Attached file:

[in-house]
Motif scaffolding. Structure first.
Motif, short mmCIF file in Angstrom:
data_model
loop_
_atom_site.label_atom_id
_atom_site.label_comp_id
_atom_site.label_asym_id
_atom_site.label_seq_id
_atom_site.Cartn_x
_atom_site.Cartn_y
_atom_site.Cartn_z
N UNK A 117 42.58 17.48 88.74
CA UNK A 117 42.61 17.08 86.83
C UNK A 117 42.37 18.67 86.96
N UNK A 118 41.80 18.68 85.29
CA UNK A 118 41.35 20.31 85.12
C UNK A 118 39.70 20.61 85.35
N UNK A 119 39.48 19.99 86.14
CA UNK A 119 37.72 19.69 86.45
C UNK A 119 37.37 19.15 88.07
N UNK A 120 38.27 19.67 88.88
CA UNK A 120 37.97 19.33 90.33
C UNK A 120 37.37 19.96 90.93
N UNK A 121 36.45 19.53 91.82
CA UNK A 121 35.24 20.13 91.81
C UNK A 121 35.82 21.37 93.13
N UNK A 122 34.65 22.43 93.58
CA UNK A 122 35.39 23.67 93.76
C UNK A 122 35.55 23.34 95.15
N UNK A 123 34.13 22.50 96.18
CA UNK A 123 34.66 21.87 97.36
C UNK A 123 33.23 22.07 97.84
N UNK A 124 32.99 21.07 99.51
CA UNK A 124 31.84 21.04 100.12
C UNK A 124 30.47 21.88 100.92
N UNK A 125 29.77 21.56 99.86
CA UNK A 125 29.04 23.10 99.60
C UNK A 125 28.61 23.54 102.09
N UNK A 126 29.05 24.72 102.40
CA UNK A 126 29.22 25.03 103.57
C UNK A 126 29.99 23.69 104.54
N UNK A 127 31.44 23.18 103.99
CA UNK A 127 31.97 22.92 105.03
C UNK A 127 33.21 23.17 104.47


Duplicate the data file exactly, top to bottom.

[in-house]
Motif scaffolding. Structure first.
Motif, short mmCIF file in Angstrom:
data_model
loop_
_atom_site.label_atom_id
_atom_site.label_comp_id
_atom_site.label_asym_id
_atom_site.label_seq_id
_atom_site.Cartn_x
_atom_site.Cartn_y
_atom_site.Cartn_z
N UNK A 117 42.58 17.48 88.74
CA UNK A 117 42.61 17.08 86.83
C UNK A 117 42.37 18.67 86.96
N UNK A 118 41.80 18.68 85.29
CA UNK A 118 41.35 20.31 85.12
C UNK A 118 39.70 20.61 85.35
N UNK A 119 39.48 19.99 86.14
CA UNK A 119 37.72 19.69 86.45
C UNK A 119 37.37 19.15 88.07
N UNK A 120 38.27 19.67 88.88
CA UNK A 120 37.97 19.33 90.33
C UNK A 120 37.37 19.96 90.93
N UNK A 121 36.45 19.53 91.82
CA UNK A 121 35.24 20.13 91.81
C UNK A 121 35.82 21.37 93.13
N UNK A 122 34.65 22.43 93.58
CA UNK A 122 35.39 23.67 93.76
C UNK A 122 35.55 23.34 95.15
N UNK A 123 34.13 22.50 96.18
CA UNK A 123 34.66 21.87 97.36
C UNK A 123 33.23 22.07 97.84
N UNK A 124 32.99 21.07 99.51
CA UNK A 124 31.84 21.04 100.12
C UNK A 124 30.47 21.88 100.92
N UNK A 125 29.77 21.56 99.86
CA UNK A 125 29.04 23.10 99.60
C UNK A 125 28.61 23.54 102.09
N UNK A 126 29.05 24.72 102.40
CA UNK A 126 29.22 25.03 103.57
C UNK A 126 29.99 23.69 104.54
N UNK A 127 31.44 23.18 103.99
CA UNK A 127 31.97 22.92 105.03
C UNK A 127 33.21 23.17 104.47